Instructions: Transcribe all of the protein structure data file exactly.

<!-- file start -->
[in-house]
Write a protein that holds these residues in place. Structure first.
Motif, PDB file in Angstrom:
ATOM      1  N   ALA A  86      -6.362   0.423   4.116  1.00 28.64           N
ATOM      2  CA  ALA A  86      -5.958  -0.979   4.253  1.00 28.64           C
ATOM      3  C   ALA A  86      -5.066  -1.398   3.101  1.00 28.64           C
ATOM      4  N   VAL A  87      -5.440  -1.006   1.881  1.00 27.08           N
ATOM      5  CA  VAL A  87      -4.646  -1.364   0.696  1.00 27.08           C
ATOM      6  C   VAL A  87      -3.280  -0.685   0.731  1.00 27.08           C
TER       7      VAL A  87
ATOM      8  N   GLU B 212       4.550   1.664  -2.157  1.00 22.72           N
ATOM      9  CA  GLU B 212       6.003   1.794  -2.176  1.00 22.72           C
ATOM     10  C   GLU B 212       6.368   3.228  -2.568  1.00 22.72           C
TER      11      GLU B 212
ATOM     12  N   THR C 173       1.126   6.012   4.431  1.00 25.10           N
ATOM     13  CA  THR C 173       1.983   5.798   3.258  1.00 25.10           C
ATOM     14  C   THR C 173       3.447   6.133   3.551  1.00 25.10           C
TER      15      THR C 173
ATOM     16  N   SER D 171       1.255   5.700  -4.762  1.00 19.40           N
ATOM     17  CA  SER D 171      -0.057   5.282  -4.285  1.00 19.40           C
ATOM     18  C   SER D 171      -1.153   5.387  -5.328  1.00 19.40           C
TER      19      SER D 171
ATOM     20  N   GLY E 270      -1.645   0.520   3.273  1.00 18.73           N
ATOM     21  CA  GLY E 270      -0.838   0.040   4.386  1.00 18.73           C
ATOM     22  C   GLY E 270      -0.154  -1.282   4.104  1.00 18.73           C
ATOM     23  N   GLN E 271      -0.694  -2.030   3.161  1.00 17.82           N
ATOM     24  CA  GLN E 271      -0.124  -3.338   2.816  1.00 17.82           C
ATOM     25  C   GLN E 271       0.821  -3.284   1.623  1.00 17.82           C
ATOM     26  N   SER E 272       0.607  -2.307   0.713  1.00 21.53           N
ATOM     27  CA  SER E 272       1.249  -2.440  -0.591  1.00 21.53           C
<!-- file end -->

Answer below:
[in-house]
Write a protein that holds these residues in place. Structure first.
Motif, PDB file in Angstrom:
ATOM      1  N   ALA A  86      -6.362   0.423   4.116  1.00 28.64           N
ATOM      2  CA  ALA A  86      -5.958  -0.979   4.253  1.00 28.64           C
ATOM      3  C   ALA A  86      -5.066  -1.398   3.101  1.00 28.64           C
ATOM      4  N   VAL A  87      -5.440  -1.006   1.881  1.00 27.08           N
ATOM      5  CA  VAL A  87      -4.646  -1.364   0.696  1.00 27.08           C
ATOM      6  C   VAL A  87      -3.280  -0.685   0.731  1.00 27.08           C
TER       7      VAL A  87
ATOM      8  N   GLU B 212       4.550   1.664  -2.157  1.00 22.72           N
ATOM      9  CA  GLU B 212       6.003   1.794  -2.176  1.00 22.72           C
ATOM     10  C   GLU B 212       6.368   3.228  -2.568  1.00 22.72           C
TER      11      GLU B 212
ATOM     12  N   THR C 173       1.126   6.012   4.431  1.00 25.10           N
ATOM     13  CA  THR C 173       1.983   5.798   3.258  1.00 25.10           C
ATOM     14  C   THR C 173       3.447   6.133   3.551  1.00 25.10           C
TER      15      THR C 173
ATOM     16  N   SER D 171       1.255   5.700  -4.762  1.00 19.40           N
ATOM     17  CA  SER D 171      -0.057   5.282  -4.285  1.00 19.40           C
ATOM     18  C   SER D 171      -1.153   5.387  -5.328  1.00 19.40           C
TER      19      SER D 171
ATOM     20  N   GLY E 270      -1.645   0.520   3.273  1.00 18.73           N
ATOM     21  CA  GLY E 270      -0.838   0.040   4.386  1.00 18.73           C
ATOM     22  C   GLY E 270      -0.154  -1.282   4.104  1.00 18.73           C
ATOM     23  N   GLN E 271      -0.694  -2.030   3.161  1.00 17.82           N
ATOM     24  CA  GLN E 271      -0.124  -3.338   2.816  1.00 17.82           C
ATOM     25  C   GLN E 271       0.821  -3.284   1.623  1.00 17.82           C
ATOM     26  N   SER E 272       0.607  -2.307   0.713  1.00 21.53           N
ATOM     27  CA  SER E 272       1.249  -2.440  -0.591  1.00 21.53           C